Payment services in KSA are regulated by the Saudi Central Bank ("SAMA"). The governing regulations are the Law of Payments and Payment Services and Payment Services Provider Regulations ("PSP Regulations"). SAMA has two licenses for Electronic Money issuance, namely, 'Major Electronic Money Institutions' ("Major EMIs") and 'Micro Electronic Money Institutions' ("Micro EMIs"). Micro EMIs are subject to limits on the 'daily average of Electronic Money they can issue over 12-month period' (fixed at SAR 10,000,000 or ~USD 2,661,000) and the 'monthly average of payment transactions they can facilitate over a 12-month period (fixed at SAR 10,000,000 or ~USD 2,661,000). However, Micro EMIs are subject to lower licensing fees and capital requirements (as highlighted under section 3) and are a good way to foray into the KSA market.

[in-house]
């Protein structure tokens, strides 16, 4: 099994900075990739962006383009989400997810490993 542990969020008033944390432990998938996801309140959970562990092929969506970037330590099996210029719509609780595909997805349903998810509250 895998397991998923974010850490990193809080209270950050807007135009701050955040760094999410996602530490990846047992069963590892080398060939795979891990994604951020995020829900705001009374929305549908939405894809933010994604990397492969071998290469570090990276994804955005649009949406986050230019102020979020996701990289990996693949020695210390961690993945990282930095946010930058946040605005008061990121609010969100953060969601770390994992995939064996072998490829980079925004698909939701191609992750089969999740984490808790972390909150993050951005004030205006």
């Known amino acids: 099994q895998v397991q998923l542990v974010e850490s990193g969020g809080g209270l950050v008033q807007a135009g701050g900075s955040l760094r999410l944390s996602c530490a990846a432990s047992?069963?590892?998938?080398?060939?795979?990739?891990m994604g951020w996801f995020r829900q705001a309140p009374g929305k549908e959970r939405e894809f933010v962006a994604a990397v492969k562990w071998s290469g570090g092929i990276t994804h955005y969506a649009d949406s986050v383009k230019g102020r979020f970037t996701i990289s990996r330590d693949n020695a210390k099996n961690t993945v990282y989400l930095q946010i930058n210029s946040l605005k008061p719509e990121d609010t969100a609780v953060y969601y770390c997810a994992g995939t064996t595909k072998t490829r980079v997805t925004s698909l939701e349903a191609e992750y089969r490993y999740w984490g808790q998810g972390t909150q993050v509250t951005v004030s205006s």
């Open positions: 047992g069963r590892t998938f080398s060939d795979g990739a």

B) E-wallet services regulations in UAE and KSA

The CBUAE regulates the issuance and operation of a 'Stored Value Facility' ("SVF") in mainland UAE under the SVF Regulation. The SVF Regulation defines 'Stored Value Facility' as a facility for which a customer can pay a sum of money or money's worth in exchange for: (a) the storage of the corresponding value on the facility, and (b) a relevant undertaking to the effect that such a facility can be used to make payments to certain third parties.